People tend to find their way to activism, particularly political activism, because of an issue that affects them personally. However, it takes more than just having a personal stake in the fight that makes someone successful in doing campaign fieldwork.
It takes tenacity to never take no for an answer, endurance to work 14-hour days, weeks on end and an acrobatic level of flexibility to adjust to constantly changing plans. Stef Reynolds, the Pinellas County field organizer for NextGen America, has all of these attributes and more. The first time I saw Stef in action, running a team of volunteers, fellows and other organizers was St. Pete Pride. We knew this would be one of our biggest opportunities to make sure likeminded young progressives knew there was an election coming up and were registered to vote. With hundreds of thousands in attendance it was no small feat to execute an ambitious plan that had us taking part in every single Pride event from the Pride Prom to the street festival to the parade. Mid-way through the weekend I remember sitting with Stef and talking about what was going well and what we could be doing better. As we sat in a coffee shop surrounded by discarded feather boas and clipboards, the only area of improvement I could find was, well, maybe we could have had more detail in our plans going into the rest of the weekend. In classic Stef style, she took the feedback to heart and from that point on every plan she submitted was detailed down to the minute. I used them as examples for what event plans should look like for the rest of the campaign.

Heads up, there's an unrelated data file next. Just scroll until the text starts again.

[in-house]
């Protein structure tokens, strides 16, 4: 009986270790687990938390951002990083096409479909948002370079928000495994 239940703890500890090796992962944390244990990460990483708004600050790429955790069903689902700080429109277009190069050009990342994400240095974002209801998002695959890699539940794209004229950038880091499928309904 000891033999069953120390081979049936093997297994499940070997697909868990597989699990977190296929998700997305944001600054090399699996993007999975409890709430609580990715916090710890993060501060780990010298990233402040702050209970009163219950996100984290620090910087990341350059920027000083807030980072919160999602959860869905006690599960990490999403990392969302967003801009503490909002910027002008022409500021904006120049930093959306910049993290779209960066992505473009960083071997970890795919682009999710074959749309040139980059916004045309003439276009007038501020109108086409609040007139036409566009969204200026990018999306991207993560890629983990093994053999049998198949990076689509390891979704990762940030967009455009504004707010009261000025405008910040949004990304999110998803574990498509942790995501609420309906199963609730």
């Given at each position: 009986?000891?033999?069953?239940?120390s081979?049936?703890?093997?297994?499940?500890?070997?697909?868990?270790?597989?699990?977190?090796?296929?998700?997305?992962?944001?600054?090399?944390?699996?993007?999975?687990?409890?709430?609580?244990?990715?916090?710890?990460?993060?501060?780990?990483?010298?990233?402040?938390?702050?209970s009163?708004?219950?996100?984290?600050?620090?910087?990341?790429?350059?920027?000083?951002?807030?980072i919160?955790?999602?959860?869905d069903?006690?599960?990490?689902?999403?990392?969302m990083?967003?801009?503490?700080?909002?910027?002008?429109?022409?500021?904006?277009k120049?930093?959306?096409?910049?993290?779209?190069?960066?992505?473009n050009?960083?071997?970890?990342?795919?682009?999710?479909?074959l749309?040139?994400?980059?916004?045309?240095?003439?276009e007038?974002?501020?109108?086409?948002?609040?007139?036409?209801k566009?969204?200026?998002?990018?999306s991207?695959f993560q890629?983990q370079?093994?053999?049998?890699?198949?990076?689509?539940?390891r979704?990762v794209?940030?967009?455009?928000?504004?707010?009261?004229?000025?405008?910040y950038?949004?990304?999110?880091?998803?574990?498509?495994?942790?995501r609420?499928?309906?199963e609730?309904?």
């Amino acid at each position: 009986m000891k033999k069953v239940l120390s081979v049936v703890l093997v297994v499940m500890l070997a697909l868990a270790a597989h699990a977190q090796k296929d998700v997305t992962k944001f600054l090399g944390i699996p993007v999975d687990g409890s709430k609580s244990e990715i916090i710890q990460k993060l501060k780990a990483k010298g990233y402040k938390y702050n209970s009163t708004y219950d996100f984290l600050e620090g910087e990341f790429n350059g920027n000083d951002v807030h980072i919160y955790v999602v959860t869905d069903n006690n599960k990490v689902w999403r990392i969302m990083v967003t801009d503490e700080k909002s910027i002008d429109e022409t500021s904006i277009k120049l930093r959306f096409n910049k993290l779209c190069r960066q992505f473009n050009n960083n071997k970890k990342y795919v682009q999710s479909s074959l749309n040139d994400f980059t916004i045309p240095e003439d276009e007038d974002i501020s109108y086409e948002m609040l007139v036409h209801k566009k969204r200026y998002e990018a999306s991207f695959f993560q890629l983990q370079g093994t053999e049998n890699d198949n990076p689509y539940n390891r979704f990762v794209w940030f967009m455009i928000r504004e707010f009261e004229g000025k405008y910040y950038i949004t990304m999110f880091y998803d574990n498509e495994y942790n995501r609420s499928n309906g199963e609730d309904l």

But more than being able to take a plan and run with it, Stef was the glue that held our region together. Like a true Texan she has a mouth like a sailor and in a field where people become adept at talking in circles, Stef says what she means and means what she says. She was the bestower of nicknames, the couch you could crash on, the organizer of the organizers and I could not have been more proud to work with her.
Progressives in Pinellas County turned out and voted for Andrew Gillum by three points. A county that went red in 2016 voted for an unabashedly proud progressive this year because of people like Stef Reynolds.